2020 Australia Day Speech
26 Jan 2020
On behalf of the Australian Embassy, my wife Gill, my deputy Jane and all embassy staff, welcome!
It is wonderful to see so many friends and supporters of Laos-Australia relations here tonight.
As you know, Australia has had a difficult start to the New Year as we continue to battle bushfires that have had a devastating impact on our country.
And I’m sure it has been hard for all of you, as it has been for our Embassy staff, to watch the crisis from afar.
I would like to thank everyone who has expressed their concern, and acknowledge the support that the Lao Government and the Lao people have shown.
The Australian Government is focusing on supporting Australians in this difficult time.
The Government has created a new agency – the National Bushfire Recovery Agency – to coordinate the national recovery effort to rebuild communities and livelihoods.
An initial budget of $2 billion will help families, farmers and businesses affect by these unprecedented fires, and help restore the local environment and impacted wildlife.
But it is in difficult times like these that the strength of our friendship with Lao PDR, becomes so clear.
Over the last 12 months, I have seen disasters in both Lao PDR and Australia confirm our Governments’ mutual ties.
Australia was saddened by the droughts in northern Laos and the most recent flooding in the south, which continue to impact on the lives of affected communities.
I am pleased Australia gave additional assistance to help recovery efforts in affected Provinces this year, building on our assistance to Attapeu in 2018.
And in turn, Australia has received expressions of condolence and support from the Laos Prime Minister and Foreign Minister as well as many other senior officials.
The Australia and Lao PDR people-to-people relationship is also strong.
The embassy has received hundreds of expressions of sympathy from Lao people, and there have been grassroots efforts to mobilise and support Australia’s recovery.
These strong Government-to-Government and people-to-people links are vitally important to us, because national disasters are not the only challenges Australia and Lao PDR tackle together.
Our shared neighbourhood is an increasingly dynamic Indo-Pacific region.
Over the decade ahead, we will need to grapple with changes in economic growth, shifts in strategic power, new ways of working as technology evolves, and trans-boundary issues such as climate change.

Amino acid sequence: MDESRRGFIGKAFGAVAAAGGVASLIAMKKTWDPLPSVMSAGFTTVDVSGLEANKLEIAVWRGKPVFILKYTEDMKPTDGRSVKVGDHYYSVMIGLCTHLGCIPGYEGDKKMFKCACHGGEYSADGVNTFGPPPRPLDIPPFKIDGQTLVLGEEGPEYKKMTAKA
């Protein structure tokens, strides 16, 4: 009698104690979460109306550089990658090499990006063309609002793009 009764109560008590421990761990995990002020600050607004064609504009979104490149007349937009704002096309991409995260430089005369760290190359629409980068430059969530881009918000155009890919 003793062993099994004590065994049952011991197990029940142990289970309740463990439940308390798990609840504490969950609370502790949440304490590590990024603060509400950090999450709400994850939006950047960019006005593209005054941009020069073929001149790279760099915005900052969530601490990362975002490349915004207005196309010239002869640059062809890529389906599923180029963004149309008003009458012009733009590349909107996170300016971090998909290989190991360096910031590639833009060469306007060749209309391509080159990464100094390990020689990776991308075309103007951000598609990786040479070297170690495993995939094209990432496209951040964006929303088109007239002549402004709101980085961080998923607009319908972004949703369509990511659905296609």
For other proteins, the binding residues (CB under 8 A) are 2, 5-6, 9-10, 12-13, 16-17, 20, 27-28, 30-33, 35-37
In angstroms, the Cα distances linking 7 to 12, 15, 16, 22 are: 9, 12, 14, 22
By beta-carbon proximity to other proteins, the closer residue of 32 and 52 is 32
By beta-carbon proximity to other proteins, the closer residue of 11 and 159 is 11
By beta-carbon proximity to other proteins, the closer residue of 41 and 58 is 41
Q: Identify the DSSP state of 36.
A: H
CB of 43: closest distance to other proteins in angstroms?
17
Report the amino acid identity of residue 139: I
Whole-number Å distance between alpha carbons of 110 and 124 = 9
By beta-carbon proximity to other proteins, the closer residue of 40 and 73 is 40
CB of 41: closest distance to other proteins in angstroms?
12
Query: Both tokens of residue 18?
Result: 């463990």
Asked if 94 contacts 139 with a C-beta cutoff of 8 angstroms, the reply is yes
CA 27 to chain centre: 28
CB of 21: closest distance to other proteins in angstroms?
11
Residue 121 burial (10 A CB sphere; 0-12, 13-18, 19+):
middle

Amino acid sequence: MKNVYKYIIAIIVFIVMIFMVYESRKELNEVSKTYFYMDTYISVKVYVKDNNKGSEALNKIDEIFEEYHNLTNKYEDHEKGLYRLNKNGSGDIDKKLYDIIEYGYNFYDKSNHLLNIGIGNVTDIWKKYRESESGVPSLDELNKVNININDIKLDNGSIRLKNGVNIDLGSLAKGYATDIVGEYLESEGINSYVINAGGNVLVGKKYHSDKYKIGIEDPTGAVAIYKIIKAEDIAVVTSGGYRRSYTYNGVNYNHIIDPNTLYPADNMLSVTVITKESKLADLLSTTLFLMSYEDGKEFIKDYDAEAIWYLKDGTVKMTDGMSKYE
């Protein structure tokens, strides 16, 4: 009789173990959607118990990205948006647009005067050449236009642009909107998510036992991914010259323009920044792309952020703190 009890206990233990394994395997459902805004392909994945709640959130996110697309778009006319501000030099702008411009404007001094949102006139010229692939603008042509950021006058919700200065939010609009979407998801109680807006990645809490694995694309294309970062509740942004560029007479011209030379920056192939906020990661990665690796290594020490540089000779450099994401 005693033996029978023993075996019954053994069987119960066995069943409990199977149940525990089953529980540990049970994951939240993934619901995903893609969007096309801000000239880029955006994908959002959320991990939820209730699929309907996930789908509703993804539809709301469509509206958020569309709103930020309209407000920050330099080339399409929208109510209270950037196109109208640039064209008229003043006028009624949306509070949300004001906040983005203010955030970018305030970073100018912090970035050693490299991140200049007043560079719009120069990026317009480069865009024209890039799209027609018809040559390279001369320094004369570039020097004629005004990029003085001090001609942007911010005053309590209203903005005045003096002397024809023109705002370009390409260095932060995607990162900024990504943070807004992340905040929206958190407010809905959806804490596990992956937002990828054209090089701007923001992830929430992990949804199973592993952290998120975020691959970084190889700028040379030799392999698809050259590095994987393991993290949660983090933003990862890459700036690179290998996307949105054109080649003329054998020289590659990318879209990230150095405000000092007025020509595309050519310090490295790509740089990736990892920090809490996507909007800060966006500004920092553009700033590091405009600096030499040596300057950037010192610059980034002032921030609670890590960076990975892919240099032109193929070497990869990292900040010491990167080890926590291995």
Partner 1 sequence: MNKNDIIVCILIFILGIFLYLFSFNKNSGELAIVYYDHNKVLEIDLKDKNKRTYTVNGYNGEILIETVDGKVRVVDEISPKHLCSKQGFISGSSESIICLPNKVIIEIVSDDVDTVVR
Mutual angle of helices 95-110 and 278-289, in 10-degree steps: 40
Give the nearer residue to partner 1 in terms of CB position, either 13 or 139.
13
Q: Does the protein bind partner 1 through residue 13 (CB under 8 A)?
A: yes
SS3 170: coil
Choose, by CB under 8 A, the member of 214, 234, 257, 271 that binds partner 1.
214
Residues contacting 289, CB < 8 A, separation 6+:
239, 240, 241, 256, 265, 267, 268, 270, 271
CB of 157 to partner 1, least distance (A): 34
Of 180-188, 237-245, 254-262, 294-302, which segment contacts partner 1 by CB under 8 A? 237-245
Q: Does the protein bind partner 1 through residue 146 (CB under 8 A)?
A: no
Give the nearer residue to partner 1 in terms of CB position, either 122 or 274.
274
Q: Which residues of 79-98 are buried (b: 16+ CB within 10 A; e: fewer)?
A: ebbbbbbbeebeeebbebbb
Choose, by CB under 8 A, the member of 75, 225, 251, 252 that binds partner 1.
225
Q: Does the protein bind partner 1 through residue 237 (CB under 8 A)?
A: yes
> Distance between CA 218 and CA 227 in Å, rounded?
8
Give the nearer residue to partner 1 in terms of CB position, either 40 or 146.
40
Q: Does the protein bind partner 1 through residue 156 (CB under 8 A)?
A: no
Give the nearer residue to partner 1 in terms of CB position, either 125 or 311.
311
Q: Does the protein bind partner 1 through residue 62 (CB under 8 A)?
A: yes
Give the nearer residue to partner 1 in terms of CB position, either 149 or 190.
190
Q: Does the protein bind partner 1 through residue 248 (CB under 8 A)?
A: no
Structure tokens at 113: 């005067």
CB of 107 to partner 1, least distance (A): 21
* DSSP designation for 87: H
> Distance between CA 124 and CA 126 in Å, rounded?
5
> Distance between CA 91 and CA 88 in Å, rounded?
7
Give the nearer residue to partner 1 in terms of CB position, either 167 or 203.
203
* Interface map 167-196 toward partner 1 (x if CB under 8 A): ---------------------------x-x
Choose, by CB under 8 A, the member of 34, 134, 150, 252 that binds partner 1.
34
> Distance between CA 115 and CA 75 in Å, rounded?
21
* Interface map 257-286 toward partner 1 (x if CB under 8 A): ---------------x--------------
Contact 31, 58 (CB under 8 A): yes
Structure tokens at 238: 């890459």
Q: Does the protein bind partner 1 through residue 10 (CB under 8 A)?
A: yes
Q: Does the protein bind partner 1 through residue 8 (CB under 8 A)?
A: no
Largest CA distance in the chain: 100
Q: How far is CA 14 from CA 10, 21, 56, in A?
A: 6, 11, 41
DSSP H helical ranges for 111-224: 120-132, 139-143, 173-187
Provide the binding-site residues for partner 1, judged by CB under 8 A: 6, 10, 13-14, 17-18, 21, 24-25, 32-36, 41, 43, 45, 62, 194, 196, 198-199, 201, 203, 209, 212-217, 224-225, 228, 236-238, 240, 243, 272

Neither Australia nor Lao PDR are large countries compared to some in our region.
On our own, and without rules and structures that promote shared prosperity and stability, both Laos and Australia may struggle to overcome the challenges and make the most of the opportunities.
Australia is committed to shaping our own destiny, and supporting other countries in our region to do the same.
We are leading regional collaboration on issues at the frontier of a changing world, like e-commerce, cyber security, infrastructure development, innovation and technology, and maritime security.
We are close to finalising the Regional Comprehensive Economic Partnership, an agreement that includes 15 economies, including Laos, and accounts for about one-third of global GDP.
And we remain a leading security, economic and development partner for South-east Asia, ASEAN, and Laos.
In 2019, Australia marked the 45th anniversary of becoming ASEAN’s first dialogue partner and continued our support for the Mekong River Commission on sustainable water and hydropower development.
Together with Laos and Thailand we celebrated the 25th anniversary of the first Lao-Thai Friendship Bridge – an enduring demonstration of Australia’s longstanding support for connectivity and economic growth in the Mekong region.
At the bilateral level, Australia continues to support Laos with the building blocks it needs to achieve its long-term potential.
Improved education outcomes are vital if Laos is to compete in an increasingly integrated labour market, and ensure girls, people with a disability and ethnic groups are not left behind.
That is why improving primary school education, particularly for disadvantaged children, remains a key area of our bilateral partnership, and one where we encourage the Lao Government to invest in more as part of the 9th National Socio-economic Development Plan.